|Appears in Collections:||Law and Philosophy Journal Articles|
|Peer Review Status:||Refereed|
|Title:||Information, Confirmation, and Conditionals|
Lewis triviality results
|Citation:||Milne P (2014) Information, Confirmation, and Conditionals, Journal of Applied Logic, 12 (3), pp. 252-262.|
|Abstract:||Loosely speaking, a proposition adds the more information to corpus b, the greater the proportion of possibilities left open by b that it rules out. Plausible qualitative constraints lead to the result that any measure of information-added is a strictly decreasing rescaling of a conditional probability function sending 1 to 0. The two commonest rescalings are -log P and 1−P. In a similar vein, e is favourable evidence for hypothesis h relative to background b if h rules out a smaller proportion of the possibilities left open by b and e jointly, than left open by b alone. In terms of the underlying probability measure, this secures the familiar positive relevance conception of confirmation and that f is more favourable evidence for h than e iff h rules out a smaller proportion of the possibilities left open by b and f jointly than left open by b and e jointly. In these terms, a measure of confirmation should be a function of the information added by h to b∧e and to b, decreasing with the first and increasing with the second. When e = h, the possibilities that drop out as we narrow the focus with e are exactly the possibilities left open by b but excluded by h. Thus the extent to which hconfirms h relative to b is a measure of the information h adds to b. Given a measure I of information added, we can think of I(ac,b) − I(a,b) as a measure of the “deductive gap”, relative to b, between a and a∧c. When, I(a,b) = P(a|b), I(ac,b) − I(a,b) = -logP(c|ab), the amount of information the indicative conditional ‘if a then c’ adds to b on Ernest Adams' account of that conditional. When I(a,b) = 1−P(a|b), I(ac,b) − I(a,b) = I(a⊃c,b) where a⊃c is a material conditional. What, if anything, can be said in general about “information theoretic” conditionals obtained from measures of information-added in this way? We find that, granted a couple of provisos, all satisfy modus ponens and that the conditionals fall victim to Lewis-style triviality results if, and only if, I(a∧¬a,b) = ∞ (as happens with -logP(.|b)).|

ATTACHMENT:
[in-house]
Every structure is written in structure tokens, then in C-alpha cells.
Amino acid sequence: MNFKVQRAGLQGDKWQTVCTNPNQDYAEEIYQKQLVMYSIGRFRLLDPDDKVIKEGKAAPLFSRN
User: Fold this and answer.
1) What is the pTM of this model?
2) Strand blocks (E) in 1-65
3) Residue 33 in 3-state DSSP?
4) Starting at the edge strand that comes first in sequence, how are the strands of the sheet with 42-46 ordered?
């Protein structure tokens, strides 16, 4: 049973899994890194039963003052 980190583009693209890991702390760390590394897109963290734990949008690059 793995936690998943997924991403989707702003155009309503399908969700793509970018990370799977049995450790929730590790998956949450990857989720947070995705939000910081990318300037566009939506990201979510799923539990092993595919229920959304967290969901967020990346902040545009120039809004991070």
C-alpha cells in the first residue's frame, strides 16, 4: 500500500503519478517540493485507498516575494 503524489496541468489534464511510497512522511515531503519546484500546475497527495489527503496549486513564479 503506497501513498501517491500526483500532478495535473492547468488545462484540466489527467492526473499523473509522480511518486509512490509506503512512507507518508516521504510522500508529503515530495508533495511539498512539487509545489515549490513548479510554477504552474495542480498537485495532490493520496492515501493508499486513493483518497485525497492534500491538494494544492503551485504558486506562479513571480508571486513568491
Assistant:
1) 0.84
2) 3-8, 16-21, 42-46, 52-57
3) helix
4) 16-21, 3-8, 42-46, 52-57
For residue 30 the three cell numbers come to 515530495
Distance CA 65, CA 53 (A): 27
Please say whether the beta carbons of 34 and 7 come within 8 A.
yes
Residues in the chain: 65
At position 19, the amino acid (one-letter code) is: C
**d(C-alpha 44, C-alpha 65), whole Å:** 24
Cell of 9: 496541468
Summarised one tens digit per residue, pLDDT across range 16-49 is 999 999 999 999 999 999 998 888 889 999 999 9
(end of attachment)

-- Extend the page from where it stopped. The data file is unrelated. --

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|Notes:||The article appears in a Special Issue on Combining Probability and Logic to Solve Philosophical Problems|
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